U.S. shares declined again on Wednesday on the eve of talks between representatives from the U.S. and China, who are prepared to resume trade negotiations in a last chance to stave off more tariff increases.
The Dow dipped 64 points to 25,900. That follows Tuesday’s decline of 473 points, or 1.8 percent, to 25,966, marking the blue-chip index’s first close below 26,000 since March 29, and a smaller dip on Monday. The broader S&P 500 and technology-heavy Nasdaq composite also opened lower on Wednesday following sharp declines on Tuesday.
The world’s two largest economies have already raised tariffs on hundreds of billions of dollars of each other’s goods in their dispute over U.S. complaints about Chinese technology ambitions. A ramped-up trade war could impact U.S. businesses by increasing their costs for imports, which would either be eaten or passed onto consumers in higher prices. Economic growth, earnings, profits and stock prices could feel the impact, Cumberland Advisors’ David Kotok told Politico.
“The trade war risk is now being confirmed,” Kotok said. “That is a healthy realization rather than a fantasy goldilocks scenario. It’s about time markets woke up to the reality that a trade war hurts everyone.”
Washington has accused Beijing of reneging on its commitments and is preparing to raise import taxes on $200 billion of Chinese goods to 25 percent from 10 percent on Friday, and to impose tariffs on another $325 billion in imports, covering everything the country ships annually to the United States.
Trade talks are scheduled to resume Thursday in Washington.
There’s a “high likelihood that the increase in tariffs will temporarily go into effect as threatened,” wrote Jim O’Sullivan at High Frequency Economics, in a Wednesday research note.
The latest flare-up in trade tensions will likely cool if talks continue as expected, Tianjie He of Oxford Economics said in a commentary. But, he added, “the probability of renewed escalation of the U.S.-China trade war has now risen substantially — which would be a drag on both the economies, especially China.”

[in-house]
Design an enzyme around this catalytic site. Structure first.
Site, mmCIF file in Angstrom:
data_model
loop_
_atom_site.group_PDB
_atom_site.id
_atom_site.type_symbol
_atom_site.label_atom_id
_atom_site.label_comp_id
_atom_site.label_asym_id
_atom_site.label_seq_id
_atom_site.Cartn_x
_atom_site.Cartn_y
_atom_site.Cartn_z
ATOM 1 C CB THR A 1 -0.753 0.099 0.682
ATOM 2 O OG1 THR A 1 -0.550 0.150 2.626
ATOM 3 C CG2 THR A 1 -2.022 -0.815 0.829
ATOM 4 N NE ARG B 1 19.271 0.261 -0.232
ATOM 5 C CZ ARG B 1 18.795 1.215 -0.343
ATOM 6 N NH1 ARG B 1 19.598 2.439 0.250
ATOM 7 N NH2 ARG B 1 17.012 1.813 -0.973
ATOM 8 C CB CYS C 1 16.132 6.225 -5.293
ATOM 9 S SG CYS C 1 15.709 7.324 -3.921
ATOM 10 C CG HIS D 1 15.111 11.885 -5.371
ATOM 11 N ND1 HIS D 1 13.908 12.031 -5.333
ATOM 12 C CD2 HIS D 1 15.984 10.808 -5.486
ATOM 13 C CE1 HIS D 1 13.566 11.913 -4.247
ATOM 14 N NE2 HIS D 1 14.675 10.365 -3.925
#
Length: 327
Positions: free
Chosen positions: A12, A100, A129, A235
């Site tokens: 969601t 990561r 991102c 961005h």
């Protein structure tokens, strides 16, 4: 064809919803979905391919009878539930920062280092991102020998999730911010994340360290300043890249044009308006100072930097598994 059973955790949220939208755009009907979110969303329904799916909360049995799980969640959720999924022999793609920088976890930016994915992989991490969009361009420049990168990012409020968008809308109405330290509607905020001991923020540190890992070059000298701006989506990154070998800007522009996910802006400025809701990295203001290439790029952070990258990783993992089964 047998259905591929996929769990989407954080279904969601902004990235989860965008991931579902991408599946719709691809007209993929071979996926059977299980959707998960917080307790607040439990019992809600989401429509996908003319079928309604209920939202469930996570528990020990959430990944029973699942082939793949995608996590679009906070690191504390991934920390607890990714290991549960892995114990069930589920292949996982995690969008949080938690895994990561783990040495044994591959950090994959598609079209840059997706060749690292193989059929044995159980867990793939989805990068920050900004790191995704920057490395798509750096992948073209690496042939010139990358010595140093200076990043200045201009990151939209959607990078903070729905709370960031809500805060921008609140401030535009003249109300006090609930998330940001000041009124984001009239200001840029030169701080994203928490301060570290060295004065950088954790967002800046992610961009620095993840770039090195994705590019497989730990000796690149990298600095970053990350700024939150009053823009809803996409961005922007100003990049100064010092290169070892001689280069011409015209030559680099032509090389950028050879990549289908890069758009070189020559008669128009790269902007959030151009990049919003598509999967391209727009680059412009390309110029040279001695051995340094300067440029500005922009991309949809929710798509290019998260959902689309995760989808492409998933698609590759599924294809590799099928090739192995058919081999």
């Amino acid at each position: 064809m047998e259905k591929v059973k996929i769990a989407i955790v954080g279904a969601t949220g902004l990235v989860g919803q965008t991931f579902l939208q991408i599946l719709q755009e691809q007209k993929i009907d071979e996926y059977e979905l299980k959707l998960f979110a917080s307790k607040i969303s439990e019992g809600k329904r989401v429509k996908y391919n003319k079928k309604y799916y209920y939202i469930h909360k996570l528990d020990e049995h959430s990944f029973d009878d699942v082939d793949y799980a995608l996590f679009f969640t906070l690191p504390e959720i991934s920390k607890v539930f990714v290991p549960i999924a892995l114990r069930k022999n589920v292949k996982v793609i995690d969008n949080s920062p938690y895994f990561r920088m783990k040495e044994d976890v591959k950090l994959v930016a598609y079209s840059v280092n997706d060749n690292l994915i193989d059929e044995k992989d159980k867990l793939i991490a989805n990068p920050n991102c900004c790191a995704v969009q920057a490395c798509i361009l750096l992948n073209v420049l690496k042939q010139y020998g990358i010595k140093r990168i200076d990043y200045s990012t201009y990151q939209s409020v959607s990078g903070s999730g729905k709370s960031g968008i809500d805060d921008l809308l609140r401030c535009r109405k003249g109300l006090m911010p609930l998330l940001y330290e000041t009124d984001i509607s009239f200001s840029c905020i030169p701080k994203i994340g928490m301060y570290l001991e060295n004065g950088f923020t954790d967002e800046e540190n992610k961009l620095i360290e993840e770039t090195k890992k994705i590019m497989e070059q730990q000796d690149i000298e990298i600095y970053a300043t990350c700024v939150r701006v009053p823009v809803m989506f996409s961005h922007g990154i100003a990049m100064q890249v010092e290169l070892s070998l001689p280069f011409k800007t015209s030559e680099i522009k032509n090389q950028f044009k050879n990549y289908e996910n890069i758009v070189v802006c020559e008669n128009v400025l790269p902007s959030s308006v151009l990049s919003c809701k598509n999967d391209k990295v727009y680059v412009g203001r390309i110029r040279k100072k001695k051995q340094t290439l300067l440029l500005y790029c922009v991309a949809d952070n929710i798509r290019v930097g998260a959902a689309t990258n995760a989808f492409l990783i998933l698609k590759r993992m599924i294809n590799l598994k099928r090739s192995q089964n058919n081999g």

China import slump
Adding to the gloom, China reported Wednesday that its exports sank 2.7 percent in April from a year earlier, a reversal from March’s 14.2 percent growth and well below private sector forecasts of growth in the low single digits.
Imports of American goods fell 26 percent from a year earlier to $10.3 billion. Exports to the United States, China’s biggest foreign market, were down 13 percent at $31.4 billion.
Uber, Lyft strike
Many drivers for ride-hailing giants Uber and Lyft are turning off their apps to protest what they say are declining wages at a time when investors are flooding the companies with billions of dollars. Demonstrations are planned in 10 U.S. cities Wednesday, including Chicago, Los Angeles, New York, San Francisco and Washington, as well as some in Europe.
The protests come in advance of Uber’s initial public stock offering on Friday. Uber aims to raise $9 billion from investors and is expected to be valued at up to $91.5 billion. Lyft shares are down about 18% from their $72 IPO in April, closing at $59.34 Tuesday.